Frequently on Sundays the customers who gather around Athena, or the dinosaurs or an early pioneer loom in the textile gallery, are joined by Dr. Swinton, a neat - looking man with straight white hair and a taste for navy-blue suits. He goes to the museum on weekends to find out w'hat the public likes about the place and what doesn’t catch its fancy.

Last year total attendance among students from grade and high schools,

art college and university was more than a hundred and seventy-five thousand. But some five hundred thousand other people entered the ROM over the same period, breaking all attendance records and encouraging Dr. Swinton to believe he can attract many more.

Although the visitors don't get a

chance to see them. Dr. Swinton's study collections, in storage behind locked doors, are far bigger than those on display. The museum houses about one hundred thousand stuffed birds in moth-proofed drawers. Three hundred thousand fish are pickled in formaldehyde, labeled and lined on floor-to-ceiling shelves. Four hundred

drawers hold many thousands of pinned insects.

Despite all the work involved in cataloguing and maintenance, parts of some collections are referred to only when a curator or visiting scholar is at work on a specific problem. Other collections are under almost constant

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study. Dr. A. Gordon Edmund, in charge of the dinosaur galleries, is currently studying thirty-five reptiles (the nearest living descendant of the dinosaur) in a ROM laboratory, charting the rate and rhythm of their tooth replacement. Since one reptile may replace each tooth five times a year and has twenty-five teeth to each of its four jaws, Edmund is studying five hundred teeth in each specimen.

Most of the other curators are working on dead animals and require two full-time technicians to stuff their new acquisitions. The technicians keep carnivorous beetles in a basement “bug room.” When the curators want only the bones of an animal, the beetles obligingly eat the carcass clean. At the moment, the beetles are working on some bats for Dr. R. L. Peterson, curator of mammalogy, who is studying them by the thousand.

Dr. Swinton’s “buyers” need brawn and brain as well as a quick eye for a bargain. Ralph Hornell, chief technician in the vertebrate paleontology department, has prospected for dinosaurs in Alberta and Saskatchewan for twenty summers. The dinosaur bones and the rock they’re embedded in are shipped back to the ROM in sixand seven-hundred-pound blocks. In 1958 Hornell went to Talara, Peru, after a University of Toronto graduate geologist, working there for an oil company, alerted the ROM about a tar pit containing bones. Hornell found fiftythousand - year - old bones of deer, skunk, llama, horse, tiger, wolf and mouse. Fourteen tons of tar and bone arrived in Toronto and when they were separated only four tons remained — but enough to give Dr. C. S. Churcher, a ROM research associate, seven years’ study so far.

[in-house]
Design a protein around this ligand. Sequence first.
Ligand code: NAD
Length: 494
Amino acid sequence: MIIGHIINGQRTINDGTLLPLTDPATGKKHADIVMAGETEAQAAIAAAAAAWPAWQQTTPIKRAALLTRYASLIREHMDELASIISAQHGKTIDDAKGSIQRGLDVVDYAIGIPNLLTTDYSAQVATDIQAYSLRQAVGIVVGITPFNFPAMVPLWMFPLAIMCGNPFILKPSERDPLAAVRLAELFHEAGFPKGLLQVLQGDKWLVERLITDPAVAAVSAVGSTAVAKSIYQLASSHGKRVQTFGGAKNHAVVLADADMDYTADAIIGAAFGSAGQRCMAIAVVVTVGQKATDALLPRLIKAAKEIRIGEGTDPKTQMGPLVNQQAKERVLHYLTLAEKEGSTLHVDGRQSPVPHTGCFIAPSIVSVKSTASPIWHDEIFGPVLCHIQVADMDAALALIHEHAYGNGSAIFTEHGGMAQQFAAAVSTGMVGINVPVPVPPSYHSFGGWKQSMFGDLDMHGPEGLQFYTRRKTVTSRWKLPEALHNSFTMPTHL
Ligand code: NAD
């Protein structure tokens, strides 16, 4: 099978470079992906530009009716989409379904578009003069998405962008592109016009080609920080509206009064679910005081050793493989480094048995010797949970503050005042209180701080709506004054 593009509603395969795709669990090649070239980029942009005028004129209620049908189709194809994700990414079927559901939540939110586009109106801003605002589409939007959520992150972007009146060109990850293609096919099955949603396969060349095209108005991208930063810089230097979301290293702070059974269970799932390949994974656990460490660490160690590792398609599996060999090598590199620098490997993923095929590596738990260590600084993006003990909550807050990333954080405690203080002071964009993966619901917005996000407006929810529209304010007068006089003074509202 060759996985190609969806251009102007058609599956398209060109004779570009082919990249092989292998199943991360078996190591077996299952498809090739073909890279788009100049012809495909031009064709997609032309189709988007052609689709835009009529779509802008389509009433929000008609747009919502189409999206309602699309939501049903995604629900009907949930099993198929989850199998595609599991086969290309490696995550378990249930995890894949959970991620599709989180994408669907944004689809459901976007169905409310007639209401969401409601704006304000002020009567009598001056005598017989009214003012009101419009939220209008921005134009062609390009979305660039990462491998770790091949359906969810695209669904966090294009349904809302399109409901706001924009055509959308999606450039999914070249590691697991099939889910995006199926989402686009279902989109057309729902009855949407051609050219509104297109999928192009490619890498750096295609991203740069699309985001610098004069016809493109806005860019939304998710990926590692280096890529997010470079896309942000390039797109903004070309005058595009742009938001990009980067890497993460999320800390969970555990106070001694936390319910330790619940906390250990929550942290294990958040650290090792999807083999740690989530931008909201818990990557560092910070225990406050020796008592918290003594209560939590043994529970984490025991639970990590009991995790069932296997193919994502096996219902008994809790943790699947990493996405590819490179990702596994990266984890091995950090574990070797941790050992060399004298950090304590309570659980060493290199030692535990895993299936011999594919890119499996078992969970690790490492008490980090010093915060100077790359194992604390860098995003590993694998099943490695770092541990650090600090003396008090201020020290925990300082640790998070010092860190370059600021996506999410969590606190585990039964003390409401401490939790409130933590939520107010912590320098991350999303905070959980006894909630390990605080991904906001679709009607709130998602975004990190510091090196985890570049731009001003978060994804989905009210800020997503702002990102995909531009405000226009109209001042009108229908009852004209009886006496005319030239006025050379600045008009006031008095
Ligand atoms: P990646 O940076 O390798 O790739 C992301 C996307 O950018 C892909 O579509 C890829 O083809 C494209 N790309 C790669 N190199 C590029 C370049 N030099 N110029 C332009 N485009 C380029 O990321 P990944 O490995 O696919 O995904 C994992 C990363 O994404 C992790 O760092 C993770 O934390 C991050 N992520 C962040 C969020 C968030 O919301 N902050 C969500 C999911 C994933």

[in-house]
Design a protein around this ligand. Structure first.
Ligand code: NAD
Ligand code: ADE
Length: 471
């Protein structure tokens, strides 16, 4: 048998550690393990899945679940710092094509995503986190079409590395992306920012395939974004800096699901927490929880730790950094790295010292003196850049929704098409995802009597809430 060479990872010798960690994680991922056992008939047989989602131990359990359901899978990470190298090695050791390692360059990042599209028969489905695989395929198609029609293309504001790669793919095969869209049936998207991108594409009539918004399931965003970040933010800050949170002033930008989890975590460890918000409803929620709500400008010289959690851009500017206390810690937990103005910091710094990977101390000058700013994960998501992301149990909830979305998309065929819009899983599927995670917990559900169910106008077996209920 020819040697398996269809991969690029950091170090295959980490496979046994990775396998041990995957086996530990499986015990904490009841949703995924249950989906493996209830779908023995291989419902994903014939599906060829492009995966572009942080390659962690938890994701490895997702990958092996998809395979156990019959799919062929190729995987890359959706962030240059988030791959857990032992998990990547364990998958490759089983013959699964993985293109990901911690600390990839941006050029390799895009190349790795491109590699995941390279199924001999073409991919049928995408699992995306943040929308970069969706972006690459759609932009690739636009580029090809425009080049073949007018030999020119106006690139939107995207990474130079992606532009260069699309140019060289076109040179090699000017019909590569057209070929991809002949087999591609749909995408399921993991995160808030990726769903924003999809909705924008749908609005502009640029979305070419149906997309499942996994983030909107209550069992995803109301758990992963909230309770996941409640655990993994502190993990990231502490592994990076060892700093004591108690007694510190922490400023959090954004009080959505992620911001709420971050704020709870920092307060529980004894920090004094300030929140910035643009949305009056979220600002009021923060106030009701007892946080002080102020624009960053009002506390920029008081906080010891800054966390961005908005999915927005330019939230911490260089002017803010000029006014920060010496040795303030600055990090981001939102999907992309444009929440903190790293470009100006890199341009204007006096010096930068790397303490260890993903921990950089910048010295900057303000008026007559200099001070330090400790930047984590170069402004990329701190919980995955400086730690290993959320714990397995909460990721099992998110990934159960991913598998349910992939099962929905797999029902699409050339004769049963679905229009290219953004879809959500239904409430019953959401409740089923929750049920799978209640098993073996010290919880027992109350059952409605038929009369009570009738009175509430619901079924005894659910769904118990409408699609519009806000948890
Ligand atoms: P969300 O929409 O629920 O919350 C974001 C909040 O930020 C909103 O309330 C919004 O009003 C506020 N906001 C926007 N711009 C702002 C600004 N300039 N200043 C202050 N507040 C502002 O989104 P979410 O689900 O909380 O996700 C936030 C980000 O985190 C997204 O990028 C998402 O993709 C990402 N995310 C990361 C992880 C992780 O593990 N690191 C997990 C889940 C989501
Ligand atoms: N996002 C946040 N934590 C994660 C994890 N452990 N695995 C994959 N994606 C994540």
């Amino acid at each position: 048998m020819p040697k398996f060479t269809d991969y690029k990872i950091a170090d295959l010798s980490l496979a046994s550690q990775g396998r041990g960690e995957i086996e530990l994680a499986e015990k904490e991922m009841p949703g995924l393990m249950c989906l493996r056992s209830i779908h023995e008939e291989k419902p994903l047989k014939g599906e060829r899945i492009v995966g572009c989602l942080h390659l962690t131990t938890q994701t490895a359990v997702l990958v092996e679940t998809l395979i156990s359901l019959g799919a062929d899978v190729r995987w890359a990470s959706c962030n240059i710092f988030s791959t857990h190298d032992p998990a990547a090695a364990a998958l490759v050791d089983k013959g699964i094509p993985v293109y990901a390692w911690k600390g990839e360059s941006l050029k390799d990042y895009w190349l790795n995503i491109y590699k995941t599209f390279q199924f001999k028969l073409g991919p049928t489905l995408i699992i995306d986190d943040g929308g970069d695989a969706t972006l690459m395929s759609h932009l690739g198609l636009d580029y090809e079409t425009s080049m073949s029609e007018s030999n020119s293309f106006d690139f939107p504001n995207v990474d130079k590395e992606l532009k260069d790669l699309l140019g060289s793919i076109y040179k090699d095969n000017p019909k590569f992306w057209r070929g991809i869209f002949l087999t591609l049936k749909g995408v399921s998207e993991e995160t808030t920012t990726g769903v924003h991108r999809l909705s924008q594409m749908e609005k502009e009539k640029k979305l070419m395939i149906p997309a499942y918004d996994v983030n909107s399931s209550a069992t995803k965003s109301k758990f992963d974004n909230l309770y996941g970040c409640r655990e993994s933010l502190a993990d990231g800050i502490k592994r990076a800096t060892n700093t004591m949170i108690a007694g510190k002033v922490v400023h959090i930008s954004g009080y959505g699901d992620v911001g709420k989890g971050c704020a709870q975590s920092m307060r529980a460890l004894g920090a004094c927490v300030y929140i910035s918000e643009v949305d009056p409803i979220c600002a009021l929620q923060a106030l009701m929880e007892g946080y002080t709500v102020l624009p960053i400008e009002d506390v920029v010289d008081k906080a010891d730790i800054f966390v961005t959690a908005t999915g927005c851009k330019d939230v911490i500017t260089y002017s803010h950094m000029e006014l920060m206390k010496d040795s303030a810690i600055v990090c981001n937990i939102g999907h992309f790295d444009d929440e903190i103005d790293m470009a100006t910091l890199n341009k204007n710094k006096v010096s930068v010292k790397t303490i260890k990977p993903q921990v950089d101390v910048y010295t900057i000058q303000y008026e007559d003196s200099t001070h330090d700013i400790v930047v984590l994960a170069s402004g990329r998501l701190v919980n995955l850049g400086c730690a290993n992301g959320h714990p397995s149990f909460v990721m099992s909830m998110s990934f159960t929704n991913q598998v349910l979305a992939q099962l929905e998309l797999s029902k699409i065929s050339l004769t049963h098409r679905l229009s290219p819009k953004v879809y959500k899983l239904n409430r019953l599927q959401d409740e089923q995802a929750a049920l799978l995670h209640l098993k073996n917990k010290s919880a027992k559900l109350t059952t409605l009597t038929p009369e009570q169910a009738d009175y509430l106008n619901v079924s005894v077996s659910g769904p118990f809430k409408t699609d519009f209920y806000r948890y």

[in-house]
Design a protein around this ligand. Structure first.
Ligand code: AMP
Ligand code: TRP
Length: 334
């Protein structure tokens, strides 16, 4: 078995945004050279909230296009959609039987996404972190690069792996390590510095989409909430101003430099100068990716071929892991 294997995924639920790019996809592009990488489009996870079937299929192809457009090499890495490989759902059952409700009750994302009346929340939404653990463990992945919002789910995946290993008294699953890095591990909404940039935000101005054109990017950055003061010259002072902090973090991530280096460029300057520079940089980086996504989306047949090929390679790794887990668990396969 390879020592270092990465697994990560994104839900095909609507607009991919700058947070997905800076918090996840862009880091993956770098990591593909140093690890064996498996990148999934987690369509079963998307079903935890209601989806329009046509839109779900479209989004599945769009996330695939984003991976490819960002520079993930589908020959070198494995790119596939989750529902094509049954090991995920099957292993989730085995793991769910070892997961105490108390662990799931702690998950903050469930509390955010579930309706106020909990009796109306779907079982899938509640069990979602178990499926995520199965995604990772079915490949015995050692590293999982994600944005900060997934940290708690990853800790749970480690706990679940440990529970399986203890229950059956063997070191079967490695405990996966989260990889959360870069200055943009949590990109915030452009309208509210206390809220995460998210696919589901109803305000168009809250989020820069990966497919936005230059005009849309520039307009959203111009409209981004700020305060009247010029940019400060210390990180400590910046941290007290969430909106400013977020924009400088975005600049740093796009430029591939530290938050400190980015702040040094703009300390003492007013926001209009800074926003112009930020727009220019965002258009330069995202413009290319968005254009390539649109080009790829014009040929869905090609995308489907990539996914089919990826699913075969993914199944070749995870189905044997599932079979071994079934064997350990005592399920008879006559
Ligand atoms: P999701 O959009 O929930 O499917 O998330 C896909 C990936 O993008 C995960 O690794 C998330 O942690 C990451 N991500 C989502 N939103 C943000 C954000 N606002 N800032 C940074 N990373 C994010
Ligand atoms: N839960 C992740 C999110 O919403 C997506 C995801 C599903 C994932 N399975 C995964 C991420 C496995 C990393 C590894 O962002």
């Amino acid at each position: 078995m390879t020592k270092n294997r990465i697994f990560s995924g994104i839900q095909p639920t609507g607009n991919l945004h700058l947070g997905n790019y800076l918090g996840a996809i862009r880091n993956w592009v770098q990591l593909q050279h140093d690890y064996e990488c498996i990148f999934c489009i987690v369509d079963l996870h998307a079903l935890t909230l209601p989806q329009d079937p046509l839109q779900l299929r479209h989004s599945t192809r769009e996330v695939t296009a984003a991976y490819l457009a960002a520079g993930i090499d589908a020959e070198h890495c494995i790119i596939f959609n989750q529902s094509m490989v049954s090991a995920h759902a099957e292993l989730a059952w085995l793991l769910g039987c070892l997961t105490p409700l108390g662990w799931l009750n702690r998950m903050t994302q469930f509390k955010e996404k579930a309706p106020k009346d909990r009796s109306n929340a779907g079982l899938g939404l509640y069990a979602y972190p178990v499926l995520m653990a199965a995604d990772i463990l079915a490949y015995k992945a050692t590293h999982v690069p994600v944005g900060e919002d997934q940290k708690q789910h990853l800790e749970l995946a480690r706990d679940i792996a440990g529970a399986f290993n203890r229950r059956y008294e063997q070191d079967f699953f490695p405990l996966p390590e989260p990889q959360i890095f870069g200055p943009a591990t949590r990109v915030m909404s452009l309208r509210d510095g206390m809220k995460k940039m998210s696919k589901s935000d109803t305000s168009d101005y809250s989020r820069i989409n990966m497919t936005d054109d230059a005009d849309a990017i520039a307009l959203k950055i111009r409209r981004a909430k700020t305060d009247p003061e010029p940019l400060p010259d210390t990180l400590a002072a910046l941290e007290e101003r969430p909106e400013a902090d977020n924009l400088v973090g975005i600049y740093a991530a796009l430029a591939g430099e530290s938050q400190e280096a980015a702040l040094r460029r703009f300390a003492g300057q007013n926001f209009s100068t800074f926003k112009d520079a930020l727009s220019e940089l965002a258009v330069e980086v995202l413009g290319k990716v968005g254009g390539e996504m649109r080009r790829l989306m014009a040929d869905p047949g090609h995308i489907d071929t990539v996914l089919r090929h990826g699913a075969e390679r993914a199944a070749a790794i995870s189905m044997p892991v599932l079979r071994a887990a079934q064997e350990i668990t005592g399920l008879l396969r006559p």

Swinton’s “buyers” also need tact. Swinton is hopeful that, despite the work and problems facing them, they will observe his “department - store” rule — the “customer” always is to be served, and with courtesy. Every letter and phone call gets a reply. Well, there has been one exception: a letter that proved to be unanswerable asked, “Do caterpillars’ hairs grow long or short? Do they grow close together or not?” Another letterwriter posed a prize question, but got a patient answer. “I saw a large bird flying toward a hill,” the letter asked. “Could it have been an owl?” J. L. Baillie, assistant curator of ornithology, replied, “Yes, it certainly could have been.”

Dr. G. B. Wiggins, curator of entomology, receives about four hundred inquiries a year from Canadians who find insects in their homes. His job is to tactfully report back that they’ve usually bagged themselves common cockroaches or bedbugs.

Each spring Dr. E. J. Crossman, associate curator of ichthyology, receives phone calls asking him to settle bets. The callers ask him whether or not a trout can grow a fur coat. Some sports-equipment stores, it seems, display mounted trout wearing sporting fur hides, and a plaque beneath each claims the furry specimen was taken from Lake Superior where the water is so cold trout grow fur coats to keep warm. “It’s a joke,” Crossman patiently explains. “A taxidermist makes them up to sell to stores.” And then observing Dr. Swinton’s rule of being polite to the customer, no matter how big a fool he’s making of himself, Dr. Crossman waits until he’s off the phone before he has a good laugh, ie